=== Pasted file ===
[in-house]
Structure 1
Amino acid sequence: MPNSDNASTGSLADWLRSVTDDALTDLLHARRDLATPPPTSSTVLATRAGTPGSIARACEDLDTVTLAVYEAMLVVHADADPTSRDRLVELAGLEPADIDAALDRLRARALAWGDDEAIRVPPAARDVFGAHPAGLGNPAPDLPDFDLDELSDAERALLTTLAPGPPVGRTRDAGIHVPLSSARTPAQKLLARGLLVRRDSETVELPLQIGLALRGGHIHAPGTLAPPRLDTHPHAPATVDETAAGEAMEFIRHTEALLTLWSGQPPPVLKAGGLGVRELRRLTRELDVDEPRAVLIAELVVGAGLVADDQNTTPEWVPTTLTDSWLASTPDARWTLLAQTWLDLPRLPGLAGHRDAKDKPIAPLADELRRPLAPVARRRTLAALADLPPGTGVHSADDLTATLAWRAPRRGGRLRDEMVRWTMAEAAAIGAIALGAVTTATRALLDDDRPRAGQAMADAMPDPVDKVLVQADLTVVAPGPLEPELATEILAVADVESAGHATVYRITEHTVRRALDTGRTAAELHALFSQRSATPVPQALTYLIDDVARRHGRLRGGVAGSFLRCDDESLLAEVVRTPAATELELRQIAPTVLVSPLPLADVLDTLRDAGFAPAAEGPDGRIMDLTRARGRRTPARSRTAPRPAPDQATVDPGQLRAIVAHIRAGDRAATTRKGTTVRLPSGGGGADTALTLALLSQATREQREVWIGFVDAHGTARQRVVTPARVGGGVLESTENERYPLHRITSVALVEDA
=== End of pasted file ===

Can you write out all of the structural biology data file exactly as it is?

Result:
[in-house]
Structure 1
Amino acid sequence: MPNSDNASTGSLADWLRSVTDDALTDLLHARRDLATPPPTSSTVLATRAGTPGSIARACEDLDTVTLAVYEAMLVVHADADPTSRDRLVELAGLEPADIDAALDRLRARALAWGDDEAIRVPPAARDVFGAHPAGLGNPAPDLPDFDLDELSDAERALLTTLAPGPPVGRTRDAGIHVPLSSARTPAQKLLARGLLVRRDSETVELPLQIGLALRGGHIHAPGTLAPPRLDTHPHAPATVDETAAGEAMEFIRHTEALLTLWSGQPPPVLKAGGLGVRELRRLTRELDVDEPRAVLIAELVVGAGLVADDQNTTPEWVPTTLTDSWLASTPDARWTLLAQTWLDLPRLPGLAGHRDAKDKPIAPLADELRRPLAPVARRRTLAALADLPPGTGVHSADDLTATLAWRAPRRGGRLRDEMVRWTMAEAAAIGAIALGAVTTATRALLDDDRPRAGQAMADAMPDPVDKVLVQADLTVVAPGPLEPELATEILAVADVESAGHATVYRITEHTVRRALDTGRTAAELHALFSQRSATPVPQALTYLIDDVARRHGRLRGGVAGSFLRCDDESLLAEVVRTPAATELELRQIAPTVLVSPLPLADVLDTLRDAGFAPAAEGPDGRIMDLTRARGRRTPARSRTAPRPAPDQATVDPGQLRAIVAHIRAGDRAATTRKGTTVRLPSGGGGADTALTLALLSQATREQREVWIGFVDAHGTARQRVVTPARVGGGVLESTENERYPLHRITSVALVEDA